"And Esau said to Jacob, Feed me, I pray thee, with that same red pottage for I am faint." It is a pity that the translators of our noble King James Version should have obscured the meaning here by inserting in italics the word "pottage." As it so frequently the ease the words in italics, put in to convey a better sense, only hide the real sense. So it is here. In Genesis 5:29 the word "pottage" is employed by the Holy Spirit to denote the portion which Jacob enjoyed. But here in Genesis 5:30 what Esau really says is "Feed me, I pray thee, with that same red," and this was all he said. He was ignorant of even the name of that which was Jacob’s. No doubt he was thoroughly versed in the terms of the chase, but of the things of the house, of the portion of God’s chosen, he knew not —"Therefore the world knoweth us not, because it knew Him not" (1 John 3:1).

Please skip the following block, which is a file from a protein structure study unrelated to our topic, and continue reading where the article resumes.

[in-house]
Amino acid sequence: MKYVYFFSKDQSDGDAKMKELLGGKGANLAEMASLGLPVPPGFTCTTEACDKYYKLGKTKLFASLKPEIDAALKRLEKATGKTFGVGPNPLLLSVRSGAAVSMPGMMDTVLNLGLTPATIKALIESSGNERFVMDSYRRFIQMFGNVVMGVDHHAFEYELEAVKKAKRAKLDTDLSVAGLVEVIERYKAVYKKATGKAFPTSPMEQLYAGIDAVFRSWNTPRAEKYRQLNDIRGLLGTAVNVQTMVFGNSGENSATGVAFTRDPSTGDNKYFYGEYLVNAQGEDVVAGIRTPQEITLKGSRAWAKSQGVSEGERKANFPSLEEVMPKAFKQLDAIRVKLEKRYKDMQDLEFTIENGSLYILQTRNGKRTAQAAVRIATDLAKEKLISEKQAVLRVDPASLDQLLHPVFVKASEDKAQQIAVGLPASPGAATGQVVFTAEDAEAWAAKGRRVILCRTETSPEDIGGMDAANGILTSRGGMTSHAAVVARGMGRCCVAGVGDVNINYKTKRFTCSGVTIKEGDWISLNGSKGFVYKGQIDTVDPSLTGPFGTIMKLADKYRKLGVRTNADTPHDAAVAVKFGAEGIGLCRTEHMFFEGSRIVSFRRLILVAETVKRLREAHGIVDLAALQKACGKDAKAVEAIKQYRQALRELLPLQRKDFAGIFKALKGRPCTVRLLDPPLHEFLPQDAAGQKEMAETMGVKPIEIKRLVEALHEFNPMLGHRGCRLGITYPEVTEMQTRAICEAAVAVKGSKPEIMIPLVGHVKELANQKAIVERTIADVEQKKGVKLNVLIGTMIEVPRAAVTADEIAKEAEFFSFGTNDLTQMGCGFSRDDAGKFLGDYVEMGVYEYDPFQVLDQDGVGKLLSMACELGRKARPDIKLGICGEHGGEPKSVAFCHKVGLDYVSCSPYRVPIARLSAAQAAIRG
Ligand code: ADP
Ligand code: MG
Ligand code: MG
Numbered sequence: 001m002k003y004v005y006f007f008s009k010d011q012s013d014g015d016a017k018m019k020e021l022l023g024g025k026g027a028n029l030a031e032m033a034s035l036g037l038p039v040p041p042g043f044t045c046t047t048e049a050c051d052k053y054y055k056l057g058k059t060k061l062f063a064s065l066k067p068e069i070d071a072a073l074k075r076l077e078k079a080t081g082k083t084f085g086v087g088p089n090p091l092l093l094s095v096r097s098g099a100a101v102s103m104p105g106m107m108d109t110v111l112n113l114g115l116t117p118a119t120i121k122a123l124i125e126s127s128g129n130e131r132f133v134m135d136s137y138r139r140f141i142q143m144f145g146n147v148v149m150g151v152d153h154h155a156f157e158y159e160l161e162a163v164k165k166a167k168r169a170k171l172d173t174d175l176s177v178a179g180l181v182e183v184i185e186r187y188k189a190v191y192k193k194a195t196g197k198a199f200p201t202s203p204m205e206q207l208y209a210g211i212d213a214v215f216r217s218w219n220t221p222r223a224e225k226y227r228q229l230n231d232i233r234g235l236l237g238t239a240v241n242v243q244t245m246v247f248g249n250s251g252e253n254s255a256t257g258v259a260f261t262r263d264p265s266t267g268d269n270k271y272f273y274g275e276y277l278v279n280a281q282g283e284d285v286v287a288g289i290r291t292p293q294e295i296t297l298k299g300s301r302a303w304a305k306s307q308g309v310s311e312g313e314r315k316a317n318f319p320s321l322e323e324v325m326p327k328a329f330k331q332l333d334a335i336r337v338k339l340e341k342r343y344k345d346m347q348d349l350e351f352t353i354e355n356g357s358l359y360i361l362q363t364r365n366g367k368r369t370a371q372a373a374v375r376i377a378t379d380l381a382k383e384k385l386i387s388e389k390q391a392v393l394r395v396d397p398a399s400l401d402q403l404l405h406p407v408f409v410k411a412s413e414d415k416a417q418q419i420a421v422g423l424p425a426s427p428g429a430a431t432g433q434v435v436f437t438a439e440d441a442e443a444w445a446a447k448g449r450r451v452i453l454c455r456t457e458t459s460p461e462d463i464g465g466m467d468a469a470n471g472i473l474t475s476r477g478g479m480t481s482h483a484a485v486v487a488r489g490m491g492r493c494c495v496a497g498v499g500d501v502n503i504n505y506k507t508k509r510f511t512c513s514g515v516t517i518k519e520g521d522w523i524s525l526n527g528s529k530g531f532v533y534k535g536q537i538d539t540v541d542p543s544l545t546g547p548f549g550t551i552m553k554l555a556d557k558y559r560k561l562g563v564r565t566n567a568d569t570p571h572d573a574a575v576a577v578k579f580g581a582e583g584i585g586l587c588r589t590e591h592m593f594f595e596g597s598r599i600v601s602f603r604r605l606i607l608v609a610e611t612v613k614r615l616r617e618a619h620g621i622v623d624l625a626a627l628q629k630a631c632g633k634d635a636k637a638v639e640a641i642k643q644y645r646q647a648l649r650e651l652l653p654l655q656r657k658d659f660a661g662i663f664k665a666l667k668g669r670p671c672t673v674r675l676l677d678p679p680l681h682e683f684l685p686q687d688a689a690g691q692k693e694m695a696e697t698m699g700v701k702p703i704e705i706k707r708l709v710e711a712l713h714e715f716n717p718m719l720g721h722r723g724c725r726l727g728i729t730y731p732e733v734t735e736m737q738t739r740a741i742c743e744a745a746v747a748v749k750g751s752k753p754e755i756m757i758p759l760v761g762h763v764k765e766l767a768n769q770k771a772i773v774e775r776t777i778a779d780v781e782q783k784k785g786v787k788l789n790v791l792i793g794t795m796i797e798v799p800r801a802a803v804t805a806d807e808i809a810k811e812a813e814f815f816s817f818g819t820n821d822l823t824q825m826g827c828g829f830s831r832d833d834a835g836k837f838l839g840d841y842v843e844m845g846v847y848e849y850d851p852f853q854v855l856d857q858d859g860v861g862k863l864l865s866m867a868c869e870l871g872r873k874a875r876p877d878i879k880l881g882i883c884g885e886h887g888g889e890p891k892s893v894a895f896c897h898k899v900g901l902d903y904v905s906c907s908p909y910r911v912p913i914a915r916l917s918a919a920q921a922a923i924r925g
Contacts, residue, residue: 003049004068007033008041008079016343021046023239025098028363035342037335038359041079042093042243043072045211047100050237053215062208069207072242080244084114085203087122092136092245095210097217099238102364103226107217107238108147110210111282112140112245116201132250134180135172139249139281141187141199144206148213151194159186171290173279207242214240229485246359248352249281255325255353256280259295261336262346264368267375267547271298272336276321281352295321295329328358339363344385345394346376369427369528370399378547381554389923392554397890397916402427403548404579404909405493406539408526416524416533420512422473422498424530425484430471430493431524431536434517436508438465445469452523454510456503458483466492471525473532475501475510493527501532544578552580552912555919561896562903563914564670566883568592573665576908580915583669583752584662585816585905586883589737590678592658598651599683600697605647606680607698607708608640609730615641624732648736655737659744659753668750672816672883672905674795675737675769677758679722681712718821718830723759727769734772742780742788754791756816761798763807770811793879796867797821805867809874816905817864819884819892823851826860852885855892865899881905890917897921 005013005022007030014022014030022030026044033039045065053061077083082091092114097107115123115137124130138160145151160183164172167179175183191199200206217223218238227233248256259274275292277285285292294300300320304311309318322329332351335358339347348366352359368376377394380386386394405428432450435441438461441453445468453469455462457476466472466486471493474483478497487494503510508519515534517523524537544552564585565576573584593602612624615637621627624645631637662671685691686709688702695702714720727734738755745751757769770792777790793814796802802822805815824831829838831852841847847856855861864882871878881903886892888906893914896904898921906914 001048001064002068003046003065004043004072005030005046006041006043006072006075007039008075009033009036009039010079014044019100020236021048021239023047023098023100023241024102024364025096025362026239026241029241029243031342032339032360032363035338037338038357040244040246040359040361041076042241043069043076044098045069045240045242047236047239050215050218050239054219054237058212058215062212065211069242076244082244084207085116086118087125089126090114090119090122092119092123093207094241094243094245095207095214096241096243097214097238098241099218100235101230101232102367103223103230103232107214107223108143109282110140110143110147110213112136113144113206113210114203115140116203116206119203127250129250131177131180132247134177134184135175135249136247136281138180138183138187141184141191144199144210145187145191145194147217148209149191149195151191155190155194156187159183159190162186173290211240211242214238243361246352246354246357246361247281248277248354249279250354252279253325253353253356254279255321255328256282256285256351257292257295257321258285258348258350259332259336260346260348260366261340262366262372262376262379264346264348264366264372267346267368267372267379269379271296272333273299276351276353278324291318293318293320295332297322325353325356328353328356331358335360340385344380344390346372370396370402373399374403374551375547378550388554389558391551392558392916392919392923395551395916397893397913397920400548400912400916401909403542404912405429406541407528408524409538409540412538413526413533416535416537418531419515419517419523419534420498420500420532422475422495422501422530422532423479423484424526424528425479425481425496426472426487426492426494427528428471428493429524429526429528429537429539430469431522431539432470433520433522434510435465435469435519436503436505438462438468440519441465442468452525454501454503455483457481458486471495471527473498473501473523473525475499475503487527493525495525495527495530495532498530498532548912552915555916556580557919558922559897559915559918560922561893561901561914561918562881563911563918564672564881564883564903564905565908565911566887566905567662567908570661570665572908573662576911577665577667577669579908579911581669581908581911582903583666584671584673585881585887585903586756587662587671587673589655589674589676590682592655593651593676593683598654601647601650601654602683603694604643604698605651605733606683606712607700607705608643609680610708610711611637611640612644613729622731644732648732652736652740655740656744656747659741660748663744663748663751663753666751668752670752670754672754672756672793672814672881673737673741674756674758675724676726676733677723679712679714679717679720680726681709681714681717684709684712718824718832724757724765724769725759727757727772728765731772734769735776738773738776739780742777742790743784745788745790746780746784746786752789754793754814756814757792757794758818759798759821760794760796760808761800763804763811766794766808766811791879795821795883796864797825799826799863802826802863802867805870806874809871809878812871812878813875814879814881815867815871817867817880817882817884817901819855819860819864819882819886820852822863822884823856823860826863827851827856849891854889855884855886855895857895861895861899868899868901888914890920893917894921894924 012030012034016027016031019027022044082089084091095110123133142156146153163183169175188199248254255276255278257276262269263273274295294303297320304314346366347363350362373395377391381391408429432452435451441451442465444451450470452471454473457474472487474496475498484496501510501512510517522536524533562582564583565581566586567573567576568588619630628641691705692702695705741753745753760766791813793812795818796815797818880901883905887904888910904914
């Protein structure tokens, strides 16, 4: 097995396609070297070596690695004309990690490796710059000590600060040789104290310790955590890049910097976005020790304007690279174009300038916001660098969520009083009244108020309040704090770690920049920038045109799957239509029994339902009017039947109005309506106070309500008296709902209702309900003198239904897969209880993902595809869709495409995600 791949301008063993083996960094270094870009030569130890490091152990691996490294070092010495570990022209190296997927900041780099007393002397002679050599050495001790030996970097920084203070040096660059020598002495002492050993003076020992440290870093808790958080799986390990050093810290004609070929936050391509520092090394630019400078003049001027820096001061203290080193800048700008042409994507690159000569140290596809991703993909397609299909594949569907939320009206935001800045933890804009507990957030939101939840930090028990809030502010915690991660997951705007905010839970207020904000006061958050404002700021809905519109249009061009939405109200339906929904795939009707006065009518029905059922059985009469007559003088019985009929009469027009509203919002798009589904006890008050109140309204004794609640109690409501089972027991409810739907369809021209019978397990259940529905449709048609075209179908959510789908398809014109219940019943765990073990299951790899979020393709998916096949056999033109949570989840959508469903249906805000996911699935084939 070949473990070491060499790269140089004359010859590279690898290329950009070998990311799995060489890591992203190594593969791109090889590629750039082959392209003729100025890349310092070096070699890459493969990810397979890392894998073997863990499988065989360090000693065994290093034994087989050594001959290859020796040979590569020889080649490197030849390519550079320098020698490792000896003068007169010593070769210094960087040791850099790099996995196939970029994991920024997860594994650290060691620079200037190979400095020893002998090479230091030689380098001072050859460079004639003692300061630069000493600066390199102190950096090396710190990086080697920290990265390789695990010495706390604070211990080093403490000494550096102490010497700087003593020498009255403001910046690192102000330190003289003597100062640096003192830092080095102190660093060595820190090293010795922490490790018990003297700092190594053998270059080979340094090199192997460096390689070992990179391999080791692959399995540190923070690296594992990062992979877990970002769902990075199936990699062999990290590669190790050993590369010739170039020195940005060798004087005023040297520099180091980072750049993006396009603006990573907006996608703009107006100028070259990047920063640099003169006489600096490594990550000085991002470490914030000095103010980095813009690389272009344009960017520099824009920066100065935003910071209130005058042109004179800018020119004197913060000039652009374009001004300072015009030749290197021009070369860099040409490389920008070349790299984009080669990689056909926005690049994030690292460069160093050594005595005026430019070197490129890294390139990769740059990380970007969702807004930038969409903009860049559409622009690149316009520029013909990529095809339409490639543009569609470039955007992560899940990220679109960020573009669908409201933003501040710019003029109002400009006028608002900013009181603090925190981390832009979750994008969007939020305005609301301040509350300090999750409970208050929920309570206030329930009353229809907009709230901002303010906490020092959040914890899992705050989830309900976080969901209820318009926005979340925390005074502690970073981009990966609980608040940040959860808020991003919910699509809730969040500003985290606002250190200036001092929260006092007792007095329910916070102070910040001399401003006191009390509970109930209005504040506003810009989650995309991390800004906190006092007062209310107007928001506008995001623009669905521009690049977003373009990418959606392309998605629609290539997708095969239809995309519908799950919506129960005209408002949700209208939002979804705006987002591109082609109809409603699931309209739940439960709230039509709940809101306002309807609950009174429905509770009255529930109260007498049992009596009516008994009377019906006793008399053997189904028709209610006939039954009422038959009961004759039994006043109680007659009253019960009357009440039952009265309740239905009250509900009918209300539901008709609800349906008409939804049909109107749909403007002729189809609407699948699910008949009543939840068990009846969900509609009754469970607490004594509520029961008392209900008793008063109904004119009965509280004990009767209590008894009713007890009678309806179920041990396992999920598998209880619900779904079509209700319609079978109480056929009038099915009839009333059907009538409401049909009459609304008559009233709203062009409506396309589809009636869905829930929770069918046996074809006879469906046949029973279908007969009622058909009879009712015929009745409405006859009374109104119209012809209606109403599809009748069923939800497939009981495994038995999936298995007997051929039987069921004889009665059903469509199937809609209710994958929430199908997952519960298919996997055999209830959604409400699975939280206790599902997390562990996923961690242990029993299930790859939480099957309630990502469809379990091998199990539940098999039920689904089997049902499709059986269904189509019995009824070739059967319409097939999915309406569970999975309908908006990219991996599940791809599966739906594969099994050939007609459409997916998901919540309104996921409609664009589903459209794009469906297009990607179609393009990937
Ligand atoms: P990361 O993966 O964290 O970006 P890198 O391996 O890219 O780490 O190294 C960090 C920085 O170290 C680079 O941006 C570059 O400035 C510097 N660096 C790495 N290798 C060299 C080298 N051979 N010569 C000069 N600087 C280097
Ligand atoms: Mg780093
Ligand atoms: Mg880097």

"And Jacob said, Sell me this day thy birthright," etc. (v. 31). Here Jacob offers to buy from Esau what was his by the free bounty of God. A word now concerning this "birthright." The birthright was a most cherished possession in those days. It consisted of the excellency of dignity and power, usually a double portion (see Genesis 49:3 and Deuteronomy 21:17). In connection with the family of Abraham there was a peculiar blessing attached to the birthright: it was spiritual as well as temporal in its nature. "The birthright was a spiritual heritage. It gave the right of being the priest of the family or clan. It carried with it the privilege of being the depository and communicator of the Divine secrets. It constituted a link in the line of descent by which the Messiah was to be born into the world." (F. B. M.)